San Francisco Wins with Giant Ball
The San Francisco Giants won the second game of the 2012 World Series via an old-fashioned method called “execution.” Some may describe SanFran’s strategy as “small ball” but maybe it should be called “giant ball.”
Games like this were what made me fall in love with baseball. Sure, I am awestruck by seemingly superhuman feats such as hurling a baseball in excess of 100 MPH, or swatting that same ball 450 feet. But for me, the sheer beauty of the game — and the reason I watch it, play it, or teach it every day I can — is because a game can be won or lost depending on seemingly small decisions and execution. A well-played baseball game might be compared to a chess match: one needs to know the right move and execute it — and every move can potentially influence every succeeding move as well as the fate of the game.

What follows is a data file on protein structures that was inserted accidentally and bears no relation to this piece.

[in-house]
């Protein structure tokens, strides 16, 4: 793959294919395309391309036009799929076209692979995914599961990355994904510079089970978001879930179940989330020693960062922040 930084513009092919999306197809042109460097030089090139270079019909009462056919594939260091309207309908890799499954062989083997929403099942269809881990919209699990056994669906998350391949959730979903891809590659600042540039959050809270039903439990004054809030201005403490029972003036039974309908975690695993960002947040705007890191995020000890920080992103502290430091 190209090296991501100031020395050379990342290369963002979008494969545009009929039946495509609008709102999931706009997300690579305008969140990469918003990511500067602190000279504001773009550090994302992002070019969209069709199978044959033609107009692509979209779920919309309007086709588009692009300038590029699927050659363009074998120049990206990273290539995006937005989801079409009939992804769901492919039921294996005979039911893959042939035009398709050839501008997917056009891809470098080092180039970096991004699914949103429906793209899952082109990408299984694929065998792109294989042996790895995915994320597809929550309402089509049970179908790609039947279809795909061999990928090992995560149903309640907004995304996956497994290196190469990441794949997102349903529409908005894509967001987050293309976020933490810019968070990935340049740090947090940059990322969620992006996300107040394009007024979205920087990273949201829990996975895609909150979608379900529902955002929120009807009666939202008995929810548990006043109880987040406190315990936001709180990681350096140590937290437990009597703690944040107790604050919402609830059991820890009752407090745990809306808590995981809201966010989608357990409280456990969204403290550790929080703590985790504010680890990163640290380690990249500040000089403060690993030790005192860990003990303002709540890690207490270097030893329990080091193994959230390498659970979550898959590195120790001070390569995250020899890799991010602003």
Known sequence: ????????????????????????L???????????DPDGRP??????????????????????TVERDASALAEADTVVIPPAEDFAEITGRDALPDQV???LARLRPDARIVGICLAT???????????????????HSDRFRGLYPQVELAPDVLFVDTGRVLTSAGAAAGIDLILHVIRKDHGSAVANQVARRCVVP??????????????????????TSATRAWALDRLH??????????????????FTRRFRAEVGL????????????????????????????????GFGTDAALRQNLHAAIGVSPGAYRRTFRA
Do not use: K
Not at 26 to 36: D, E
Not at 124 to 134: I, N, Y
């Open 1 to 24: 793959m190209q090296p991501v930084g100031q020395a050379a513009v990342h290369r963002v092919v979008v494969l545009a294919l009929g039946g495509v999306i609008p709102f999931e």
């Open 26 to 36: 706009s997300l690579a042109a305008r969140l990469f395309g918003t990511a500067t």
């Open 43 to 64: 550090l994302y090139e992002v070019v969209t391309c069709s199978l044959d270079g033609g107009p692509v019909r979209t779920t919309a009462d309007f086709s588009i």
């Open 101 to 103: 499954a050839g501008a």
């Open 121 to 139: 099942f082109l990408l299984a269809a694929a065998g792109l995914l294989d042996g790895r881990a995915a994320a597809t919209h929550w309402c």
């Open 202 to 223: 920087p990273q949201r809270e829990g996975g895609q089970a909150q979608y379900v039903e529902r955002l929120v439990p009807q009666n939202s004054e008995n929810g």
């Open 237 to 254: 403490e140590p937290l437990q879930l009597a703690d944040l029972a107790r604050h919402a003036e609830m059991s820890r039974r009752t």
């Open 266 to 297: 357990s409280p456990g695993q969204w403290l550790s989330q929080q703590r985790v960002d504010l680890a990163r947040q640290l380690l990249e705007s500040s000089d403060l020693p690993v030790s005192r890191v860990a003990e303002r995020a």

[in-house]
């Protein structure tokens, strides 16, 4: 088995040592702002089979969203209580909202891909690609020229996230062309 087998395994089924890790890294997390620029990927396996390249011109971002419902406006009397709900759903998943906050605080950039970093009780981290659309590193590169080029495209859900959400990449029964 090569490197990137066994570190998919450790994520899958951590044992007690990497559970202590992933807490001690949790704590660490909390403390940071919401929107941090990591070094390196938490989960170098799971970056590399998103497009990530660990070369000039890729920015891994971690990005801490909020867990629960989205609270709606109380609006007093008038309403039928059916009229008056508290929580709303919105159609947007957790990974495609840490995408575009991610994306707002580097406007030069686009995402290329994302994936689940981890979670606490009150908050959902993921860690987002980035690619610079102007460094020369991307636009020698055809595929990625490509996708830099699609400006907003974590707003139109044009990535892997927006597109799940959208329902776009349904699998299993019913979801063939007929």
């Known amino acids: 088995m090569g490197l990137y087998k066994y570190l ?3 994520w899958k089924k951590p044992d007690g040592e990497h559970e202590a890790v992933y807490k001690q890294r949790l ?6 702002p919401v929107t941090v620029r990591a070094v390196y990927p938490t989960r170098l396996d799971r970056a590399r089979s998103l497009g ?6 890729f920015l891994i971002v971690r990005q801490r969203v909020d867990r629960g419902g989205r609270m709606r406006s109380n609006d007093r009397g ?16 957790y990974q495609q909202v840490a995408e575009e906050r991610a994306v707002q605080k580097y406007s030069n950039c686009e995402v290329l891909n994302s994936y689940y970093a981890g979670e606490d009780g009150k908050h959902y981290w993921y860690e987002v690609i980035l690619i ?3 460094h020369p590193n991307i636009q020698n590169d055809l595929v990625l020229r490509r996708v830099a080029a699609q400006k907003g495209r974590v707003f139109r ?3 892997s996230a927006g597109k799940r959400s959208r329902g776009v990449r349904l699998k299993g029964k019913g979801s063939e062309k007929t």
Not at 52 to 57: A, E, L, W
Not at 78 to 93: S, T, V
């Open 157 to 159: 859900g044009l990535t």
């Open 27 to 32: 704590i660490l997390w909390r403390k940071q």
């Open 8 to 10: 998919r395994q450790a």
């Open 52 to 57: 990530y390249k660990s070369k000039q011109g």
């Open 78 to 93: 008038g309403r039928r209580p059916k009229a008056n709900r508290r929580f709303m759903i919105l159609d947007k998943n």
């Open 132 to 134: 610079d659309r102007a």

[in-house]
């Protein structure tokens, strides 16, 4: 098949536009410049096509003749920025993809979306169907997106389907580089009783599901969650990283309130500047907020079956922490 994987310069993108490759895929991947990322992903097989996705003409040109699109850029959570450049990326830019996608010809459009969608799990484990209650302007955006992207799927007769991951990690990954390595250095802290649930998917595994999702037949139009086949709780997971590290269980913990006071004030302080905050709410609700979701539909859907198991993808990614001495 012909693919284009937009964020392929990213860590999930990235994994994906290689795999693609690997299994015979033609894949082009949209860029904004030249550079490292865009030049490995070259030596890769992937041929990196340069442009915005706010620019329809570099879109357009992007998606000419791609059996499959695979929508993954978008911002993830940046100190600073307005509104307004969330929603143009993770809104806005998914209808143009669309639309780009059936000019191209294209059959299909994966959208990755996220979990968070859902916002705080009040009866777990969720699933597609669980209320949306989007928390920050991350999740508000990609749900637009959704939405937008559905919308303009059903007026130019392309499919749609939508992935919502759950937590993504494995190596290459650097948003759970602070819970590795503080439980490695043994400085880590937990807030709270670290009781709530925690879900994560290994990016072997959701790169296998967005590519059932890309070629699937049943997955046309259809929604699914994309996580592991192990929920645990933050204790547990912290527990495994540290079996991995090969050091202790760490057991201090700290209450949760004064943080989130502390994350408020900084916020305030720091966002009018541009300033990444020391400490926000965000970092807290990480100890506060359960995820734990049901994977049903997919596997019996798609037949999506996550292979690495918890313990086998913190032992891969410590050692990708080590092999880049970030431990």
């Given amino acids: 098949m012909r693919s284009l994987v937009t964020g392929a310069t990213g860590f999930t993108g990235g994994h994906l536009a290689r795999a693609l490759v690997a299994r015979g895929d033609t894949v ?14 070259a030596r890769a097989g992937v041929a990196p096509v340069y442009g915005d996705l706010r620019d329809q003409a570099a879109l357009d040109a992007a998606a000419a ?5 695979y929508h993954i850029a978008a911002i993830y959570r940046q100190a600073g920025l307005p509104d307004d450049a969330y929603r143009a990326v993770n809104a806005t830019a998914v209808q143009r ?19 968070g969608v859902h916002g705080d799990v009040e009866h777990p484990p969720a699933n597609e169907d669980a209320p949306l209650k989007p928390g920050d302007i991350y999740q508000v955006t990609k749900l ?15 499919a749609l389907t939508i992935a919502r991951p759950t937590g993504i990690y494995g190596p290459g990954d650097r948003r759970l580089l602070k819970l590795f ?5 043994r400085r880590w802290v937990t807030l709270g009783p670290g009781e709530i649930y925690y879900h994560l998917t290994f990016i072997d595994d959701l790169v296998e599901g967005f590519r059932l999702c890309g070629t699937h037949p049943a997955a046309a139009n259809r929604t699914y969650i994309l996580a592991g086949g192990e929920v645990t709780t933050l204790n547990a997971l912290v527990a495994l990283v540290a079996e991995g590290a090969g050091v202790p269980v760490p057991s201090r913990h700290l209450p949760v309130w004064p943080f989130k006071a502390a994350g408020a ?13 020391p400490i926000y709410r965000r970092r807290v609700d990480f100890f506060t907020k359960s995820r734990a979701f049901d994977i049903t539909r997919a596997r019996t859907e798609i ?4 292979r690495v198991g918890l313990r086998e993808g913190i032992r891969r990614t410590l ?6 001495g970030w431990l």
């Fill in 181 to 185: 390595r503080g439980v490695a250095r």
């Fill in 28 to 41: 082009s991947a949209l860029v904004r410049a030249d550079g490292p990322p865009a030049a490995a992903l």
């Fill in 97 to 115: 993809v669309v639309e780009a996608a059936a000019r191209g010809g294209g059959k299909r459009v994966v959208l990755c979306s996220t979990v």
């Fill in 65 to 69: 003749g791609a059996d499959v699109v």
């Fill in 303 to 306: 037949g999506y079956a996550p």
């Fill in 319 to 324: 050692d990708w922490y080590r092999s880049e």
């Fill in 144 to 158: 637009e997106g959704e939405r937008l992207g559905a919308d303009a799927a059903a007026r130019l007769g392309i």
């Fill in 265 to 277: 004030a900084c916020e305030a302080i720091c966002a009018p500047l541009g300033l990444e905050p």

Game Two was all about execution, beginning with the two starting pitchers. Tigers starter Doug Fister was precise, but the Giants’ Madison Bumgarner was pinpoint. As a result, every single pitch, every at-bat, every play, became magnified and gained absolute importance. Most of the general population doesn’t have the patience to enjoy a game like this — which is why mounds were lowered, strike zones shrunken, and PEDs allowed to permeate MLB. But for the rest of us, a game like this is not only appreciated — it defines baseball’s entertainment value.